Right now, as much as I love the holidays, it’s hard to think that far ahead. Autumn temperatures have been summer-warm–beyond any fall lover’s fantasy. On these blissful, balmy afternoons, I am picking raspberries, cutting roses. Yes, way up north in Wisconsin.
If things were more seasonal… frost tipping our still-green grasses… or dreary nights mixing rain with snow, I might be thinking of Thanksgiving. Even Christmas.
But, as an upcoming cool down foretells…the holidays are coming. And we must prepare.
I am giving at least one holiday party. And I’m going to make it green. Here are some tips for green holiday parties (mostly food-centric–any surprise about that?) that I’ve used in the past.
10 Tips for Green Holiday Parties
1. If gifts are exchanged, consider using gift bags, which are reusable, instead of gift wrap. You can even turn old store bags to holiday themed, with a scissors, gift wrap and a glue stick.
2. Eat Local/Socially Responsible. Did you know that local produce travels, an average of 56 miles, while non-local does a crazy 1494 mile trek? Even worse, one blogger‘s local Pacific Northwest crab was sent to China, extracted from the shell then shipped back again for a 8000 mile round trip.
Even as a dedicated locavore, however, I am not giving up my coffee or chocolate. But when I can’t buy something local, I try to buy from producers who didn’t exploit laborers or damage the environment. So I look for certifications like Fair Trade and Organic.
3. Serve water from a pitcher with lemon and glasses. Water is a healthy and popular beverage, but bottled water is hardly green. I was worried about this, but our guests at that 45 person party were even happier drinking filtered water with lemon. I just assigned a daughter to water (and lemon slice) refill duty.
4. Cook Efficiently. The cooking process can also be made more efficient. Resist peeking in the oven as your dishes bake (really, elves have not stolen your roast). Skip preheating if your recipe doesn’t really require it (baked goods usually do; meats and veggies usually don’t) and extend cooking time for a few minutes as needed (and in reality, the recipe cooking time is rarely exact). Consider using a smaller appliance like a toaster oven or a roaster which may cook using less energy. For stovetop cooking, put covers on saucepans to keep heat in the pans—kind of like wearing a hat outdoors in the winter ;-).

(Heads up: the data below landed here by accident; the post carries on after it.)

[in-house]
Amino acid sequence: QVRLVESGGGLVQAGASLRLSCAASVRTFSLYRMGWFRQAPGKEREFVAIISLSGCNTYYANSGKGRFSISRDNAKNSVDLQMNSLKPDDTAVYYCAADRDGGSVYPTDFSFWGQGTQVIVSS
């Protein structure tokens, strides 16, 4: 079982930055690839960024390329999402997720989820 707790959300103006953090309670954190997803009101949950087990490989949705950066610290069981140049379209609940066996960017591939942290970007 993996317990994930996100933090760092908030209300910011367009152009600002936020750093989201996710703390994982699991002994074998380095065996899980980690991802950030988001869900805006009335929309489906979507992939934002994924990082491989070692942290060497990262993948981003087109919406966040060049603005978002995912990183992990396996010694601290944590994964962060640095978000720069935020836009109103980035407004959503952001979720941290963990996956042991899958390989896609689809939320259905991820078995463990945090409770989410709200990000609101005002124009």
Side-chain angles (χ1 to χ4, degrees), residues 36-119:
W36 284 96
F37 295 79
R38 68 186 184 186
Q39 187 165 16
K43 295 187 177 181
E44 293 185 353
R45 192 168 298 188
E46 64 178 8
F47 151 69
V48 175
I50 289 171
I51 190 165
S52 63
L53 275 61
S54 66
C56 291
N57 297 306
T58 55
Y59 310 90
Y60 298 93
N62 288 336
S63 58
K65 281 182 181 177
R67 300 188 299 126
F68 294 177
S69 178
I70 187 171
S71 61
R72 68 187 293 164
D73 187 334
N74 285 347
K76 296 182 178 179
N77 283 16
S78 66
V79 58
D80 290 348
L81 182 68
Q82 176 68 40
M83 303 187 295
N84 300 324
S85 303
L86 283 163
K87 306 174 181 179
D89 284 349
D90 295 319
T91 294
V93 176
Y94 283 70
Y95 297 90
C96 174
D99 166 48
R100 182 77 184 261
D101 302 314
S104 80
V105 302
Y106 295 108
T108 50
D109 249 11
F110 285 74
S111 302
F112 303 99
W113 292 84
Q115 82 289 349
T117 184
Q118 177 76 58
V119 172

5. Turn the thermostat down a few degrees before beginning your prep work. Cooking and cleaning activities like vacuuming or washing dishes can heat up the house, as can a house full of guests. And starting with a lower temperature may be more comfortable if you are cooking over a hot stove!
6. Consider buying a keg of beer. There is a big party I give every few years where almost everyone drinks the same beer. The next time it’s my turn to host again, I will seriously consider a quarter barrel. For a smaller event that I am doing this year, I may look at a smaller “pony” size. It is especially green if you have (or can borrow) enough glasses.
7. Take advantage of decorations that are free, reusable and/or compostable. A hardy mum plant can go from party decoration to a yard plant (if the ground isn’t frozen yet). Greens from the yard or the bottom of the Christmas tree, can make beautiful arrangements. If you need to dispose of plants or flowers that you don’t want in the main compost due to pesticide concerns, consider letting them decompose naturally under the shaggy bush in your yard.
8. Use Cloth Napkins. I’ve been picking up cloth napkins at second hand stores for home use and parties. If you are crafty, you can even make your own (I tried this, and am clearly not crafty…). My daughter believes that everyone should use their jeans as a napkin, but I think cloth napkins are a better idea.
9. Compost party waste—I did this successfully at a good sized party (approximately 45 people) recently. We had enough flatware for everyone, but not enough dishes, so I bought compostable paper plates. With proper signage, the entire group managed to successfully drop the flatware in a dishpan, the cans & bottles in the recycling bin and the plates and (most) leftover food in the compostable bin. We discarded just a small amount of non-compostable garbage like gift wrap and buffalo wing bones. My oldest took the initiative to “bin check” and readjusted contents as needed (which helped people stay on track), but this was really very little effort.
In the past, compostable paper plates required a “commercial” composter but this is (usually) no longer true. Our grocery store Hefty brand compostable plates successfully decomposed in our home bin–and believe me our compost heap is not hot so it’s a great test! Just look for a statement that the dishes are home compostable.
10. Green your leftovers. Skip the plastic wrap and store your leftovers in Pyrex or other reusable storage containers. Leftovers leaving your house can go in washed cottage cheese containers or even empty spaghetti sauce jars. I even recently sent muffins home in reused Lindt chocolate bags! Set containers aside ahead of time so you are prepared.
Going green doesn’t mean having any less fun! Happy holiday planning everyone!